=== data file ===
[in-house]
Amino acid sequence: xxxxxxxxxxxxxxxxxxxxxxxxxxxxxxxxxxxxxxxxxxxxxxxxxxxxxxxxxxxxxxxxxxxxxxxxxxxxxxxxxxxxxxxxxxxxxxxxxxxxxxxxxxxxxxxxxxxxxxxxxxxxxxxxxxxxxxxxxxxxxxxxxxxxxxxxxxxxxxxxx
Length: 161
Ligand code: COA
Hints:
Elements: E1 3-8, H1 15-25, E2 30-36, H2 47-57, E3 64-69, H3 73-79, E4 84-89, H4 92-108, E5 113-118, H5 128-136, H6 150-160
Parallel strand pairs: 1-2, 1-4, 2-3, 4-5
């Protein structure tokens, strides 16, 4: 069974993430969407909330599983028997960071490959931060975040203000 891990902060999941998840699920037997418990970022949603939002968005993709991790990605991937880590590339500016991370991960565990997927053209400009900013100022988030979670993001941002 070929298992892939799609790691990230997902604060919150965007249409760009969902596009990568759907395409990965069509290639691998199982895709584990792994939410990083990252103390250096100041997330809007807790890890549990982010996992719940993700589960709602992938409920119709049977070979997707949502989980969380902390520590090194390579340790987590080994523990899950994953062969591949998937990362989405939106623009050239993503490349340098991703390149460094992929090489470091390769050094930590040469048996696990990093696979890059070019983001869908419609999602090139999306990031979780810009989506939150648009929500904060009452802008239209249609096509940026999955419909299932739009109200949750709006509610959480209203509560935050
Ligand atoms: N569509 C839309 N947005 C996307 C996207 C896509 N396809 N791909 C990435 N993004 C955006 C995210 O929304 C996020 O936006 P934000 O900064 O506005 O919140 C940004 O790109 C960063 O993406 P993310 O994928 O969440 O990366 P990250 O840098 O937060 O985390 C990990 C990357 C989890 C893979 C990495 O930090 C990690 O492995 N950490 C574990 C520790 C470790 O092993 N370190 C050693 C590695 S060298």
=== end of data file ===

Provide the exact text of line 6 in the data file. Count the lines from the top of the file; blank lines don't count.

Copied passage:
Elements: E1 3-8, H1 15-25, E2 30-36, H2 47-57, E3 64-69, H3 73-79, E4 84-89, H4 92-108, E5 113-118, H5 128-136, H6 150-160